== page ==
# Designing Coaxial Output Shafts: Fatigue Analysis

• CPP
In summary, the design project involves creating two coaxial output shafts, with one being a hollow shaft that shares its axis with the interior shaft. The current problem is that all fatigue analysis done so far is based on solid shaft design, and there is uncertainty about determining the appropriate sizing for the hollow shaft. The suggestion to reference ASME B106.1M and use past testing data to account for alternating bending and torsional moments has been considered, and another potential solution is to derive the goodman equation and insert the diameter cross section for the hollow shaft.
CPP
Part of my design project requires that I design two coaxial output shafts. I've gone through and calculated the inner shaft based on deflection and Goodman fatigue criterion. The problem now is this: the other output shaft must be a hollow shaft that shares its axis with the interior shaft. All of the fatigue analysis I've done to estimate shaft sizing thus far is based on solid shaft design where solid dimension 'd' is the parameter being solved for. I can determine an approximate sizing based on bearing deflections but that's it for now. Any suggestions?

Thanks,

There's not a whole lot of difference between the two cases. You have a cross sectional moment of inertia that drives your stresses in either case.

Have you had the opportunity to take a look at ASME B106.1M, Design of Transmission Shafting? In it there is a specified approach that uses past testing to provide an approach that takes into account both alternating bending moments and torsional moments.

I think I am going to chase down the derivation of the goodman equation and find where they insert the diameter cross section and then plug in my hollow shaft cross sectional area and find it that way. thanks

## 1. What is a coaxial output shaft?

A coaxial output shaft is a type of mechanical shaft that is used to transfer torque from one component to another, typically in a rotational motion. It consists of two concentric cylinders, with the inner cylinder (the drive shaft) rotating inside the outer cylinder (the driven shaft).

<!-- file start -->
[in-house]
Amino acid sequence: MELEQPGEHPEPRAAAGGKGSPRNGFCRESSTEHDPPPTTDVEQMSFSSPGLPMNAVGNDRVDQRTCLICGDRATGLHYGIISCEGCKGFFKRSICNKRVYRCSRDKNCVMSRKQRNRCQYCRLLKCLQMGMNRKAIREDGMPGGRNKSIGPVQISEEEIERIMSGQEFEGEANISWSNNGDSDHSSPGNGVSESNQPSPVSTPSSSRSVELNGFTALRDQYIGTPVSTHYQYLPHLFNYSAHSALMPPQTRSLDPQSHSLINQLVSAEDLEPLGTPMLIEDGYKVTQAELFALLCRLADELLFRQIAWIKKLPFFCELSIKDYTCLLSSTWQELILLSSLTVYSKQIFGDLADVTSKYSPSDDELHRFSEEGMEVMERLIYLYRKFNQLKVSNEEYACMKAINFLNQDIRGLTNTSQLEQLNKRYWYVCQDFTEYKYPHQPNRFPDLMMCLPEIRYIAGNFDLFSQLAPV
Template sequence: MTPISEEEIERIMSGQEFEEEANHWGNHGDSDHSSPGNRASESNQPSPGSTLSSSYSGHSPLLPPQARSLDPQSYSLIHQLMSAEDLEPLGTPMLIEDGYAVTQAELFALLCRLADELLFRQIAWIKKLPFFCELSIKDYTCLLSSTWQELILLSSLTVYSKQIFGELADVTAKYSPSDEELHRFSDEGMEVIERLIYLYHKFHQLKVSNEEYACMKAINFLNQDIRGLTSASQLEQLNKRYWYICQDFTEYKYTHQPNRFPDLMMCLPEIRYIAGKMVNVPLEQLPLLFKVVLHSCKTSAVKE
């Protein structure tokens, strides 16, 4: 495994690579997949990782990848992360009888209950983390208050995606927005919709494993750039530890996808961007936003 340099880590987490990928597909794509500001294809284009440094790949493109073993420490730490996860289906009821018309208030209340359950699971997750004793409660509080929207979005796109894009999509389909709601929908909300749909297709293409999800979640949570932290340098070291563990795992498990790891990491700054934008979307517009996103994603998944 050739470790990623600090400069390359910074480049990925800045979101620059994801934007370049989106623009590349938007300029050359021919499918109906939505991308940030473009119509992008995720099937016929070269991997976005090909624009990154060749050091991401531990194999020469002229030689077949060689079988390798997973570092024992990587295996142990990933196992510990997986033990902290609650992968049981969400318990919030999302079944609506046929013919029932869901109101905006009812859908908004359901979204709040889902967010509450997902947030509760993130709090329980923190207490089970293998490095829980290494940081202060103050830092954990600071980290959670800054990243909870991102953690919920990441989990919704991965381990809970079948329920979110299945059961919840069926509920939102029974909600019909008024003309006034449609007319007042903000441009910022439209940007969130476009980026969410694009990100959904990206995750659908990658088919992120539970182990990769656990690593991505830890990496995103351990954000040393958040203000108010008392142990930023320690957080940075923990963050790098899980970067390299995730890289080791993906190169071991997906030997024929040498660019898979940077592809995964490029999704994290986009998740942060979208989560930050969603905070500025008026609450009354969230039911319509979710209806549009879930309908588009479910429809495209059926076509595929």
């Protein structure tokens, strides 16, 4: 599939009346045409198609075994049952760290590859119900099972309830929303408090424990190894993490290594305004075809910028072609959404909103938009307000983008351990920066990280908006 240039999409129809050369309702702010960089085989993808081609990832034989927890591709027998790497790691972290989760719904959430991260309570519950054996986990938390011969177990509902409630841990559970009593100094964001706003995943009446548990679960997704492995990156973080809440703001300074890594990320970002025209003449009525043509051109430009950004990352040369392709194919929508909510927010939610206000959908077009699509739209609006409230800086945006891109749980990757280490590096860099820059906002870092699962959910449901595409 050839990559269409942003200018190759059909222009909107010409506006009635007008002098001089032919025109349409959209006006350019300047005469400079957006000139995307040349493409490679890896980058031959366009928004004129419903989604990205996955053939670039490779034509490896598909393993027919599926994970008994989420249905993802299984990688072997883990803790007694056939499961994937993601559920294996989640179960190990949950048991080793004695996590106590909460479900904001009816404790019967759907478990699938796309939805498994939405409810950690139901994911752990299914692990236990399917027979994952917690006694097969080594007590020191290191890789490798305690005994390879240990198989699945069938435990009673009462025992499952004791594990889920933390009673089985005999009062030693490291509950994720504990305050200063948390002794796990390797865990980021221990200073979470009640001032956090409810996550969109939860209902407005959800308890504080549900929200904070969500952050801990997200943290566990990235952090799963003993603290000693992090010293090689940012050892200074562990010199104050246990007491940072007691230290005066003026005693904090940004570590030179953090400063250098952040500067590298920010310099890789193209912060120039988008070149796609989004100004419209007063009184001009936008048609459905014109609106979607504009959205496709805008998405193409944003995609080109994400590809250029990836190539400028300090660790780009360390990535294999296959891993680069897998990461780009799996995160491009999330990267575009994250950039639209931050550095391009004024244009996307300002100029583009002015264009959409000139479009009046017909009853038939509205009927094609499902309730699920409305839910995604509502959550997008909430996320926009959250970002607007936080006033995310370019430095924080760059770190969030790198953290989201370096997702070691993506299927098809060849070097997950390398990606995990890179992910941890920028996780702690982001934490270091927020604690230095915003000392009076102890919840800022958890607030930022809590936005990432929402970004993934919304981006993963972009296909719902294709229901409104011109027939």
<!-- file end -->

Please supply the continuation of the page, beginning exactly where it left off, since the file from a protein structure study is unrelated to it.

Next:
## 2. Why is fatigue analysis important in designing coaxial output shafts?

Fatigue analysis is important in designing coaxial output shafts because these components are subject to repeated and fluctuating loads, which can lead to failure over time. Fatigue analysis helps to determine the maximum stress levels that the shaft will experience and ensures that it can withstand the expected loads without failure.

## 3. What factors affect the fatigue life of coaxial output shafts?

There are several factors that can affect the fatigue life of coaxial output shafts, including the material properties, geometrical design, surface finish, and operating conditions. The material properties and design can determine the strength and durability of the shaft, while surface finish can impact the stress concentration and potential for cracks. Operating conditions such as temperature, speed, and load also play a role in the fatigue life of the shaft.

## 4. How is fatigue analysis conducted for coaxial output shafts?

Fatigue analysis for coaxial output shafts involves using mathematical models and simulations to predict the stress and strain levels that the shaft will experience under different loading conditions. This can include using finite element analysis (FEA) software to simulate the behavior of the shaft and determine potential failure points. Physical testing can also be conducted to validate the results of the analysis.

## 5. What are some common failure modes of coaxial output shafts?

Some common failure modes of coaxial output shafts include fatigue failure, bending and torsional stress, and surface damage such as wear and pitting. Fatigue failure occurs when the shaft experiences repeated loading and unloading, leading to cracks and eventual failure. Bending and torsional stress can cause the shaft to deform or twist, resulting in failure. Surface damage can occur due to poor lubrication or excessive friction, leading to wear and eventual failure of the shaft.

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